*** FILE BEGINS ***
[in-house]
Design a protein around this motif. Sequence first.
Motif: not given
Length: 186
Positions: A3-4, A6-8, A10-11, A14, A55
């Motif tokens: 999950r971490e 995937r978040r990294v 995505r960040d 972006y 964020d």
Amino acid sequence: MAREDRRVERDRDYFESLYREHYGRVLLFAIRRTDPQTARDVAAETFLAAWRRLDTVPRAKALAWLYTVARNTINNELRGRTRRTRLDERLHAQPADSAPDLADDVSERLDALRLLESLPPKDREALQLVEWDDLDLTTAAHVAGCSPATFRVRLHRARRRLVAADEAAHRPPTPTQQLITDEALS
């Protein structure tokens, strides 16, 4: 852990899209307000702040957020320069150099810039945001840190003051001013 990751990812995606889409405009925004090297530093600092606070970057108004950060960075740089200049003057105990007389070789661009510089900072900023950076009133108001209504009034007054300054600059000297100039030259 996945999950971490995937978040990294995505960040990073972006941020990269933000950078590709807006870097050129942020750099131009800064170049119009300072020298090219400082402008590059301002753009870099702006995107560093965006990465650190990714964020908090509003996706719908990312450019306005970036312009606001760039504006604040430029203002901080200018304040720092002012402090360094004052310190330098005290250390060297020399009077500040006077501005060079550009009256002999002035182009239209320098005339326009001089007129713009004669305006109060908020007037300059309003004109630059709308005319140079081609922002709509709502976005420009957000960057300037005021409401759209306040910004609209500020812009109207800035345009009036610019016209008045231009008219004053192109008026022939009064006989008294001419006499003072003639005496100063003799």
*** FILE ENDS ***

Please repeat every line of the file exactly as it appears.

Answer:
[in-house]
Design a protein around this motif. Sequence first.
Motif: not given
Length: 186
Positions: A3-4, A6-8, A10-11, A14, A55
């Motif tokens: 999950r971490e 995937r978040r990294v 995505r960040d 972006y 964020d």
Amino acid sequence: MAREDRRVERDRDYFESLYREHYGRVLLFAIRRTDPQTARDVAAETFLAAWRRLDTVPRAKALAWLYTVARNTINNELRGRTRRTRLDERLHAQPADSAPDLADDVSERLDALRLLESLPPKDREALQLVEWDDLDLTTAAHVAGCSPATFRVRLHRARRRLVAADEAAHRPPTPTQQLITDEALS
């Protein structure tokens, strides 16, 4: 852990899209307000702040957020320069150099810039945001840190003051001013 990751990812995606889409405009925004090297530093600092606070970057108004950060960075740089200049003057105990007389070789661009510089900072900023950076009133108001209504009034007054300054600059000297100039030259 996945999950971490995937978040990294995505960040990073972006941020990269933000950078590709807006870097050129942020750099131009800064170049119009300072020298090219400082402008590059301002753009870099702006995107560093965006990465650190990714964020908090509003996706719908990312450019306005970036312009606001760039504006604040430029203002901080200018304040720092002012402090360094004052310190330098005290250390060297020399009077500040006077501005060079550009009256002999002035182009239209320098005339326009001089007129713009004669305006109060908020007037300059309003004109630059709308005319140079081609922002709509709502976005420009957000960057300037005021409401759209306040910004609209500020812009109207800035345009009036610019016209008045231009008219004053192109008026022939009064006989008294001419006499003072003639005496100063003799």